MW: Recap: we showed that PAT implies ΦT, where ΦT is the set of all formulas
Now we have to show the converse, that PA+ΦT implies PAT. But first let’s wave our hands, hopefully shaking off some intuition, like a dog shaking off water.
We’ve got a theory T that’s a recursively axiomatizable extension of ZF. We can define the ‘standard model’ of PA in any model of T, and we call this a ‘T-standard model’ of PA. Then, we let PAT to be all the closed formulas in the language of Peano arithmetic that hold in all T-standard models.
This is what Enayat wants to study: the stuff about arithmetic that’s true in all T-standard models of the natural numbers. So what does he do first?
MW: Time to start on Enayat’s paper in earnest. First let’s review his notation. M is a model of T, a recursively axiomatizable extension of ZF. He writes for the ω of M equipped with addition and multiplication, defined in the usual way as operations on finite ordinals. So is what he calls a T-standard model of PA.
JB: So, last time you sketched the proof of the Paris–Harrington theorem. Your description is packed with interesting ideas, which will take me a long time to absorb. Someday I should ask some questions about them. But for now I’d like to revert to an earlier theme: how questions about the universe of sets cast their shadows down on the world of Peano arithmetic.
MW: Time to talk about the Paris-Harrington theorem. Originally I thought I’d give a “broad strokes” proof, but then I remembered what you once wrote: keep it fun, not a textbook. Anyway, Katz and Reimann do a nice job for someone who wants to dive into the details, without signing up for a full-bore grad course in model theory. So I’ll say a bit about the “cast of characters” (i.e., central ideas), and why I think they merit our attention.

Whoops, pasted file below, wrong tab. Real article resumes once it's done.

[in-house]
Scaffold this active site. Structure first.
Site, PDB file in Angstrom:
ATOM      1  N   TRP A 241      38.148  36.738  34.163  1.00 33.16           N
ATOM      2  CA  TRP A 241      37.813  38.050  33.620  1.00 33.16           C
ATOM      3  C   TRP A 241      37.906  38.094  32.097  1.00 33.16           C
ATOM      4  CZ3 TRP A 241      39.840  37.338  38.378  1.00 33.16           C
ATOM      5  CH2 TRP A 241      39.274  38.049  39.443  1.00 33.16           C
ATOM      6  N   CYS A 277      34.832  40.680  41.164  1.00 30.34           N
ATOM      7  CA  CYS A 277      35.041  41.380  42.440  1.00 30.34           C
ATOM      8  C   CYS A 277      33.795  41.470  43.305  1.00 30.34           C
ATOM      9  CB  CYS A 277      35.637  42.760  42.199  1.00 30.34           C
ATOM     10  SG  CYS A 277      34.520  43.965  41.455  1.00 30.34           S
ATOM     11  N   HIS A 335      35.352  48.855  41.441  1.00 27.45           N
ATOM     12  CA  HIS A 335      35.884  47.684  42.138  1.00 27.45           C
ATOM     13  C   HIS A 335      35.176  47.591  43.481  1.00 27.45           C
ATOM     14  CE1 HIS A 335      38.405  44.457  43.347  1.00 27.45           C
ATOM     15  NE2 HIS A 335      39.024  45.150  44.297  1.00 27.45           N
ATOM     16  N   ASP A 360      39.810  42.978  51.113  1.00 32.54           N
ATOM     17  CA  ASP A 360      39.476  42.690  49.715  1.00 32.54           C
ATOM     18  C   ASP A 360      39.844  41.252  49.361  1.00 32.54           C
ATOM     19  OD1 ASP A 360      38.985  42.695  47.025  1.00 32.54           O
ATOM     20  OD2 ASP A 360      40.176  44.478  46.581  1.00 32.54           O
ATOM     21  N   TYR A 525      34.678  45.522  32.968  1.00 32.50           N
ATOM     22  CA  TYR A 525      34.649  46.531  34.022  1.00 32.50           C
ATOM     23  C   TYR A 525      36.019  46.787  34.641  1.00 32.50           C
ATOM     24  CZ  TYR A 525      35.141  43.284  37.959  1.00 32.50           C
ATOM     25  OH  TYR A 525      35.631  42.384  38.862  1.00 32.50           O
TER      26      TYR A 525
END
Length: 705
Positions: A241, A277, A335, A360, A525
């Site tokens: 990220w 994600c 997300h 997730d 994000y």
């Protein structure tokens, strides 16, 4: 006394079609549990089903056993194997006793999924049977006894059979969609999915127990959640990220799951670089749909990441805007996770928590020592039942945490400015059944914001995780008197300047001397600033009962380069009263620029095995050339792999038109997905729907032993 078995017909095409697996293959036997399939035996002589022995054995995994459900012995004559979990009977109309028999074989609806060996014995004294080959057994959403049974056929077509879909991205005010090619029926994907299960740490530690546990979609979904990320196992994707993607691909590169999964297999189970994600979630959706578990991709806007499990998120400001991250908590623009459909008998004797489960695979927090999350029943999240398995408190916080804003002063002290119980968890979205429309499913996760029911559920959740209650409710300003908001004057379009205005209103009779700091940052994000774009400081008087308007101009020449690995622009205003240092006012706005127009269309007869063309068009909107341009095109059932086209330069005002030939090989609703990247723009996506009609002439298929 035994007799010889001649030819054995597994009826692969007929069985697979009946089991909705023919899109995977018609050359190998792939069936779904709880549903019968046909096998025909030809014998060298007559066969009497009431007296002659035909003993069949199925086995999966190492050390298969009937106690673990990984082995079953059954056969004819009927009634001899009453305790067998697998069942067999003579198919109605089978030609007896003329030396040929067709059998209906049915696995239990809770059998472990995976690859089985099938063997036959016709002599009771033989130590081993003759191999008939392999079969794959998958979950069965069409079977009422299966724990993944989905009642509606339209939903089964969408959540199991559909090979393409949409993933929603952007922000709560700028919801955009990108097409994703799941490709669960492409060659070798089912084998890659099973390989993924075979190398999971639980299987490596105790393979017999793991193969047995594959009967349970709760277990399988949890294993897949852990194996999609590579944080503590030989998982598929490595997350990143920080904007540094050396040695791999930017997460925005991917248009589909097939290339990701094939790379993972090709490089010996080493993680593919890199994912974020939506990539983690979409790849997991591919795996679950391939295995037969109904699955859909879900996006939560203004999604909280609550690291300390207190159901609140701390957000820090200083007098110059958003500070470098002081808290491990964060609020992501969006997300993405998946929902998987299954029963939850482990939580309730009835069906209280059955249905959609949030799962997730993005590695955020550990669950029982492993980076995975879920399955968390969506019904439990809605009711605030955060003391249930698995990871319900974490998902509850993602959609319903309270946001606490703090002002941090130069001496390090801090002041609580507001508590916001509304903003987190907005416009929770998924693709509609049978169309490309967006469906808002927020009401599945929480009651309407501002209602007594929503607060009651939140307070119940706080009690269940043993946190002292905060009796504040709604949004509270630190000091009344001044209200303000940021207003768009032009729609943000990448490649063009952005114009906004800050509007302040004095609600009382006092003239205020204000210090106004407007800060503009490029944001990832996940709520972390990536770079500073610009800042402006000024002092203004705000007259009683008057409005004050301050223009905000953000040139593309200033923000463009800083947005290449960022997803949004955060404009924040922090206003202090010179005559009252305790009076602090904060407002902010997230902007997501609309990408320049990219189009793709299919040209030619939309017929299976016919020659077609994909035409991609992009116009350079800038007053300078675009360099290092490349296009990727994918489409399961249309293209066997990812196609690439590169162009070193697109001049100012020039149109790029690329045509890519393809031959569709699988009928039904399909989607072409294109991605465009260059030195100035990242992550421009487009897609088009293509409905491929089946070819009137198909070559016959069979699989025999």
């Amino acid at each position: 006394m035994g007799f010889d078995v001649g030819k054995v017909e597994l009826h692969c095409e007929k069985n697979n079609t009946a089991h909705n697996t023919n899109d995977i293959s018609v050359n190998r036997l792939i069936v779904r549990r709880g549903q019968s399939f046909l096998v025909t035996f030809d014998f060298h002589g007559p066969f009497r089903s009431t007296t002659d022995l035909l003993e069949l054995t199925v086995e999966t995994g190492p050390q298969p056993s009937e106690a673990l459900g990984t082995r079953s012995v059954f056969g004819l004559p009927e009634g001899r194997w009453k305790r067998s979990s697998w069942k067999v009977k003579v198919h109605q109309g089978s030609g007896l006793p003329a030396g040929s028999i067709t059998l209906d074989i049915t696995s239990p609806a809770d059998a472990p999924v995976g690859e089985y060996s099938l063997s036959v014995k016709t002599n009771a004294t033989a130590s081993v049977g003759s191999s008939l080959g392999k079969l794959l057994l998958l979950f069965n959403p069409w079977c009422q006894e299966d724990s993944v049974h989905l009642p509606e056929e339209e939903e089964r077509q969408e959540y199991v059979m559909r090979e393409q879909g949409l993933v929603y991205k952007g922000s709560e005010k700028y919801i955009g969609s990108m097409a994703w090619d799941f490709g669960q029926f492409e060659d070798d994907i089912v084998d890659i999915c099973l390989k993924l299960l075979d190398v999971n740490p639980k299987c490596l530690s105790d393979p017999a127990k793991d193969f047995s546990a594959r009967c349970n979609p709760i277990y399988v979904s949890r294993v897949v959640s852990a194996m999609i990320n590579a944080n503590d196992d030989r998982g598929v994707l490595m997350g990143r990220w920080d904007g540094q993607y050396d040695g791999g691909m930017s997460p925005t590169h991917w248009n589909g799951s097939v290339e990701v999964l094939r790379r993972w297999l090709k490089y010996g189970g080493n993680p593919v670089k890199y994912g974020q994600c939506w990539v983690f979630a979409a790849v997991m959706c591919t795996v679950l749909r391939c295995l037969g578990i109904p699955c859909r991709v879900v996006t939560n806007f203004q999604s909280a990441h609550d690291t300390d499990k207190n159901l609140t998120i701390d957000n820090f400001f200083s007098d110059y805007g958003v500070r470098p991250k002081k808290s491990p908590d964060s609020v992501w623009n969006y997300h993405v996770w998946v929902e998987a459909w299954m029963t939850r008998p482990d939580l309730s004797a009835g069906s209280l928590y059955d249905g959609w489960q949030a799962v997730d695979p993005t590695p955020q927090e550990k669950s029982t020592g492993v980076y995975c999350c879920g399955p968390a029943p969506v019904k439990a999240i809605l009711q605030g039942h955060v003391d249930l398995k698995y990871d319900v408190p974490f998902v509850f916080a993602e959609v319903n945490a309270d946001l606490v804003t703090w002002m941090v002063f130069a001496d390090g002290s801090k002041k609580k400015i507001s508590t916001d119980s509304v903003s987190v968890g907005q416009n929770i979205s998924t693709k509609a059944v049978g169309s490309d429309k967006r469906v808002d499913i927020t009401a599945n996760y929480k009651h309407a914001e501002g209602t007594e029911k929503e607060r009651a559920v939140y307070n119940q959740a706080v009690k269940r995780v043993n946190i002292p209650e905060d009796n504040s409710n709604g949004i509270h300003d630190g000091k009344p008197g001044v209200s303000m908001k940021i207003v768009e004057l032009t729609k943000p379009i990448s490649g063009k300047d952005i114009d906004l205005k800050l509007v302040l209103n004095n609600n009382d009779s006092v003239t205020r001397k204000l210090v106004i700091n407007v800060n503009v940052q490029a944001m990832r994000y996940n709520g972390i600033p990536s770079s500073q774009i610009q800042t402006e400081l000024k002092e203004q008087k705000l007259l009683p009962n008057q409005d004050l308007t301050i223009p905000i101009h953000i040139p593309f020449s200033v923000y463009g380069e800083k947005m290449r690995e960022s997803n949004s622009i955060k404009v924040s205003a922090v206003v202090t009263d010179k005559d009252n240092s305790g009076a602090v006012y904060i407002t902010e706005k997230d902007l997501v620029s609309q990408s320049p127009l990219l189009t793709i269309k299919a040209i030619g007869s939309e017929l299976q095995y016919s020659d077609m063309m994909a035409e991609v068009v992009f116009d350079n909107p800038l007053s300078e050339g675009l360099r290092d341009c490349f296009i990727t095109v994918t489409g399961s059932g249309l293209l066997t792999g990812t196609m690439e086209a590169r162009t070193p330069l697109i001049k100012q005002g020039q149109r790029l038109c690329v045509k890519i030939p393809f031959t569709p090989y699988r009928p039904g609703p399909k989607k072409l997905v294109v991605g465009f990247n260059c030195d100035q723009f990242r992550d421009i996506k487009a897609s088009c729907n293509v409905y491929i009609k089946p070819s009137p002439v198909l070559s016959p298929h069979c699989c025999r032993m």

JB: So, you were going to tell me a bit how questions about the universe of sets cast their shadows down on the world of Peano arithmetic.
MW: Yup. There are few ways to approach this. Mainly I want to get to the Paris-Harrington theorem, which Enayat name-checks.
First though I should do some table setting of my own. There’s a really succinct way to compare ZF with PA: PA = ZF − infinity!
MW: Our goal for the next few posts is to understand Enayat’s paper
• Ali Enayat, Standard models of arithmetic.
MW: I’m going to take a leisurely approach, with “day trips” to nearby attractions (or Sehenswürdigkeiten, in the delightful German phrase), but still trying not to miss our return flight.
Also, I know you know a lot of this stuff. But unless we’re the only two reading this (in which case, why not just email?), I won’t worry about what you know. I’ll just pretend I’m explaining it to a younger version of myself—the one who often murmured, “Future MW, just what does this mean?”
JB: It’s interesting to see how you deploy various philosophies of mathematics: Platonism, intuitionism, formalism, etc. For a long time I’ve been disgusted by how people set up battles between these, like Punch-and-Judy shows where little puppets whack each other, instead of trying to clarify what any of these philosophies might actually mean.
For example, some like to whack Platonism for its claim that numbers “really exist”, without investigating what it might mean for an abstraction—a Platonic form—to “really exist”. If you define “really exist” in such a way that abstractions don’t do this, that’s fine—but it doesn’t mean you’ve defeated Platonism, it merely means you’re committed to a different way of thinking and talking.